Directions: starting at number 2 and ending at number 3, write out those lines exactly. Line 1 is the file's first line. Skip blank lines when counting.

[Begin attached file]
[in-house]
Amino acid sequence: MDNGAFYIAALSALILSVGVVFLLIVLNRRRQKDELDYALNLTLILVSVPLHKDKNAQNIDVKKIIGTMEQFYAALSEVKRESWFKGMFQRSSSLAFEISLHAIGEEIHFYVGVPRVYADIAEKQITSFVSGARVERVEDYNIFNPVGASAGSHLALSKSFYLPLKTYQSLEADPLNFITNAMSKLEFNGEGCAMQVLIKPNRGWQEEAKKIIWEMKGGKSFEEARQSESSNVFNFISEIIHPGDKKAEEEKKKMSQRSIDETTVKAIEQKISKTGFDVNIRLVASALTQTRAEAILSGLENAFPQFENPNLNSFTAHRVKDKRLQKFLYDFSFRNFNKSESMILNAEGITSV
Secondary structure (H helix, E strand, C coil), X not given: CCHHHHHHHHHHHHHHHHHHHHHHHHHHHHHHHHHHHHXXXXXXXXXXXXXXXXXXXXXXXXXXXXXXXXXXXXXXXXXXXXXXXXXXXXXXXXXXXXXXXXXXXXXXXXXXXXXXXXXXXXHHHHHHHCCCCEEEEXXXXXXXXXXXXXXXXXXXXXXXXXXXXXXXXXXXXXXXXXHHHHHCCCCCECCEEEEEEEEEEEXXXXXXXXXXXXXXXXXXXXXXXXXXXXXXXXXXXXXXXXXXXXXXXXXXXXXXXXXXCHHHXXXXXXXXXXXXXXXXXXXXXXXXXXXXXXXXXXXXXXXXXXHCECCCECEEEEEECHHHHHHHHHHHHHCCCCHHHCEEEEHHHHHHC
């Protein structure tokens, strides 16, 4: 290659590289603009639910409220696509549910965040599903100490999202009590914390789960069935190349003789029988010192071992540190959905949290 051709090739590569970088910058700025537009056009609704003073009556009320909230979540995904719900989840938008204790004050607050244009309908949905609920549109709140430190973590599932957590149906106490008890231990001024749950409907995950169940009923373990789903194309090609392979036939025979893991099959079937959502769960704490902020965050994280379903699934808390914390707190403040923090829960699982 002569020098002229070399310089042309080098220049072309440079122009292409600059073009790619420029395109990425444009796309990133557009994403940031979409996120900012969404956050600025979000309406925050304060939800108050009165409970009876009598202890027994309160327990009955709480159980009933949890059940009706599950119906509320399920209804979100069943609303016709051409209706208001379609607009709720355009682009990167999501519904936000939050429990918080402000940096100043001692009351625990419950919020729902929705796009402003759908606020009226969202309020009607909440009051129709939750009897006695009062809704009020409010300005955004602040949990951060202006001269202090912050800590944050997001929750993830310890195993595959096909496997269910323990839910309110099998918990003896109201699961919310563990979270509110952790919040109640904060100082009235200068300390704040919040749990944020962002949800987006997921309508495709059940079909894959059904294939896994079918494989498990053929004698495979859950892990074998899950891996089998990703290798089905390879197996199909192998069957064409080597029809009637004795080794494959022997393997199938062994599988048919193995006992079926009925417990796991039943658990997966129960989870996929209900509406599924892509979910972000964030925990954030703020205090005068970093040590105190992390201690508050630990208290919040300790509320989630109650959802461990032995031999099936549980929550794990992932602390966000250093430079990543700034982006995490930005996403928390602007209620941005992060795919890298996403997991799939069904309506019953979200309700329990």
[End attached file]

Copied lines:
Amino acid sequence: MDNGAFYIAALSALILSVGVVFLLIVLNRRRQKDELDYALNLTLILVSVPLHKDKNAQNIDVKKIIGTMEQFYAALSEVKRESWFKGMFQRSSSLAFEISLHAIGEEIHFYVGVPRVYADIAEKQITSFVSGARVERVEDYNIFNPVGASAGSHLALSKSFYLPLKTYQSLEADPLNFITNAMSKLEFNGEGCAMQVLIKPNRGWQEEAKKIIWEMKGGKSFEEARQSESSNVFNFISEIIHPGDKKAEEEKKKMSQRSIDETTVKAIEQKISKTGFDVNIRLVASALTQTRAEAILSGLENAFPQFENPNLNSFTAHRVKDKRLQKFLYDFSFRNFNKSESMILNAEGITSV
Secondary structure (H helix, E strand, C coil), X not given: CCHHHHHHHHHHHHHHHHHHHHHHHHHHHHHHHHHHHHXXXXXXXXXXXXXXXXXXXXXXXXXXXXXXXXXXXXXXXXXXXXXXXXXXXXXXXXXXXXXXXXXXXXXXXXXXXXXXXXXXXXHHHHHHHCCCCEEEEXXXXXXXXXXXXXXXXXXXXXXXXXXXXXXXXXXXXXXXXXHHHHHCCCCCECCEEEEEEEEEEEXXXXXXXXXXXXXXXXXXXXXXXXXXXXXXXXXXXXXXXXXXXXXXXXXXXXXXXXXXCHHHXXXXXXXXXXXXXXXXXXXXXXXXXXXXXXXXXXXXXXXXXXHCECCCECEEEEEECHHHHHHHHHHHHHCCCCHHHCEEEEHHHHHHC